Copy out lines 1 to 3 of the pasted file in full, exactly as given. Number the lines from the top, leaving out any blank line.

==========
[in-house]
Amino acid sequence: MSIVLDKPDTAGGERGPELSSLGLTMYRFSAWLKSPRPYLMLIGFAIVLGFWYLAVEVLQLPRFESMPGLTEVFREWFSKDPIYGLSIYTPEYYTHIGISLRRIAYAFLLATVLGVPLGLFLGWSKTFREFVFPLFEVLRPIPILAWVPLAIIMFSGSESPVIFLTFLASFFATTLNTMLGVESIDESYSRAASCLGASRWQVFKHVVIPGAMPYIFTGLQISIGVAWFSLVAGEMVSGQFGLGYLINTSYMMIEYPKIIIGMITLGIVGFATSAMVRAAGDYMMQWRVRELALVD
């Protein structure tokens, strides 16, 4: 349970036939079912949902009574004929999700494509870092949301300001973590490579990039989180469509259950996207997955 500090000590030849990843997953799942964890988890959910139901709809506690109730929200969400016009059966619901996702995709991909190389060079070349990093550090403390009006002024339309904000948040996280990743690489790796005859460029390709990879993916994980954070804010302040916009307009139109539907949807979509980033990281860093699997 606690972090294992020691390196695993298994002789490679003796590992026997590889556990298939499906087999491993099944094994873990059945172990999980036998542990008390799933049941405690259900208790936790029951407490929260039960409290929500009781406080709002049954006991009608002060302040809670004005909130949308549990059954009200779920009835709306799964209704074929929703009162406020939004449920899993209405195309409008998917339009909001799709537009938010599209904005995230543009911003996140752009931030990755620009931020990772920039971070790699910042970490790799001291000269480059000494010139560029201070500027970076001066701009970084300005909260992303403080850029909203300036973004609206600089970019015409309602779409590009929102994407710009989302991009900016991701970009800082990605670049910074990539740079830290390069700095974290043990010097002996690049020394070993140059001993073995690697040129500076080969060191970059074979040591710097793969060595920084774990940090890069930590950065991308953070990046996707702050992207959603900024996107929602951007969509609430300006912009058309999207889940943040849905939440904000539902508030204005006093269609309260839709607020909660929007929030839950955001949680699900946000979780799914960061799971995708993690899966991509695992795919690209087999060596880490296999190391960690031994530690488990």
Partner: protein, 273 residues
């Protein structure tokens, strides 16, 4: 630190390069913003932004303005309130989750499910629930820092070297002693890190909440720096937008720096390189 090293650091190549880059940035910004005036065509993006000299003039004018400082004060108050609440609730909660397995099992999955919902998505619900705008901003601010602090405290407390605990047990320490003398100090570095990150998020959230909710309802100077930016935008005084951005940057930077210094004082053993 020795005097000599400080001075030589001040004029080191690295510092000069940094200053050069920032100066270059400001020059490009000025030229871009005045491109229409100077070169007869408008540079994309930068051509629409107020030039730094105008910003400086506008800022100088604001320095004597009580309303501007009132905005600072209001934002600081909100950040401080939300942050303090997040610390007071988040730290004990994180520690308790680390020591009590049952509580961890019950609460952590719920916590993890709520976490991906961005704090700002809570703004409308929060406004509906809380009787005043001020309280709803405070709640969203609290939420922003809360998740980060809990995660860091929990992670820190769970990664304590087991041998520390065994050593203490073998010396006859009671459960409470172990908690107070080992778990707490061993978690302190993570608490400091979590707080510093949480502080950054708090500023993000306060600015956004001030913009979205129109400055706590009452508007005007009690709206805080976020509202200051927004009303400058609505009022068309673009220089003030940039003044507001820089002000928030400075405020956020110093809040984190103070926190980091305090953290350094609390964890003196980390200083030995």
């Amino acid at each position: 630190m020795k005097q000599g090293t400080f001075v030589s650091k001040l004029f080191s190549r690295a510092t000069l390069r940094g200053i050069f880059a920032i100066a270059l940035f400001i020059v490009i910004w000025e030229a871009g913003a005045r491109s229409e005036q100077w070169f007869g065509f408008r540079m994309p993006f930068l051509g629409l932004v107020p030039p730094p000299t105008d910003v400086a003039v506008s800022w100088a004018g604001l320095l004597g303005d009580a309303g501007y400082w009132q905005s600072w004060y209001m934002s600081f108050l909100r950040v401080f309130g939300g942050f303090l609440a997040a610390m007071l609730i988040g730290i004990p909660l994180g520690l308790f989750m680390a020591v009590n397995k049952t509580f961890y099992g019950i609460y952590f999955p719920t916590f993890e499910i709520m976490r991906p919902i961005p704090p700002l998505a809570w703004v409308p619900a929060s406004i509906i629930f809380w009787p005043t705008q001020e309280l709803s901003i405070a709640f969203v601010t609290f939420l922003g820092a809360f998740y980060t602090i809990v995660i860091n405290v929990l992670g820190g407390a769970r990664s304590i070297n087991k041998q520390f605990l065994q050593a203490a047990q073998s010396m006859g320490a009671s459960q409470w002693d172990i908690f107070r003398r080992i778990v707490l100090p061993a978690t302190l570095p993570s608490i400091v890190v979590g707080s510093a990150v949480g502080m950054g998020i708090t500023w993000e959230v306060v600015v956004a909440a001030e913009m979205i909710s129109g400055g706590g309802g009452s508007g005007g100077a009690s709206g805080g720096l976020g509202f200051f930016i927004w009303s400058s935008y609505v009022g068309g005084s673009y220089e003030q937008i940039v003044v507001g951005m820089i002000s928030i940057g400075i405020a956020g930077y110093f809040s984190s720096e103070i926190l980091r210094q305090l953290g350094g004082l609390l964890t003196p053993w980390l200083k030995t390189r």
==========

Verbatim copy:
[in-house]
Amino acid sequence: MSIVLDKPDTAGGERGPELSSLGLTMYRFSAWLKSPRPYLMLIGFAIVLGFWYLAVEVLQLPRFESMPGLTEVFREWFSKDPIYGLSIYTPEYYTHIGISLRRIAYAFLLATVLGVPLGLFLGWSKTFREFVFPLFEVLRPIPILAWVPLAIIMFSGSESPVIFLTFLASFFATTLNTMLGVESIDESYSRAASCLGASRWQVFKHVVIPGAMPYIFTGLQISIGVAWFSLVAGEMVSGQFGLGYLINTSYMMIEYPKIIIGMITLGIVGFATSAMVRAAGDYMMQWRVRELALVD
């Protein structure tokens, strides 16, 4: 349970036939079912949902009574004929999700494509870092949301300001973590490579990039989180469509259950996207997955 500090000590030849990843997953799942964890988890959910139901709809506690109730929200969400016009059966619901996702995709991909190389060079070349990093550090403390009006002024339309904000948040996280990743690489790796005859460029390709990879993916994980954070804010302040916009307009139109539907949807979509980033990281860093699997 606690972090294992020691390196695993298994002789490679003796590992026997590889556990298939499906087999491993099944094994873990059945172990999980036998542990008390799933049941405690259900208790936790029951407490929260039960409290929500009781406080709002049954006991009608002060302040809670004005909130949308549990059954009200779920009835709306799964209704074929929703009162406020939004449920899993209405195309409008998917339009909001799709537009938010599209904005995230543009911003996140752009931030990755620009931020990772920039971070790699910042970490790799001291000269480059000494010139560029201070500027970076001066701009970084300005909260992303403080850029909203300036973004609206600089970019015409309602779409590009929102994407710009989302991009900016991701970009800082990605670049910074990539740079830290390069700095974290043990010097002996690049020394070993140059001993073995690697040129500076080969060191970059074979040591710097793969060595920084774990940090890069930590950065991308953070990046996707702050992207959603900024996107929602951007969509609430300006912009058309999207889940943040849905939440904000539902508030204005006093269609309260839709607020909660929007929030839950955001949680699900946000979780799914960061799971995708993690899966991509695992795919690209087999060596880490296999190391960690031994530690488990």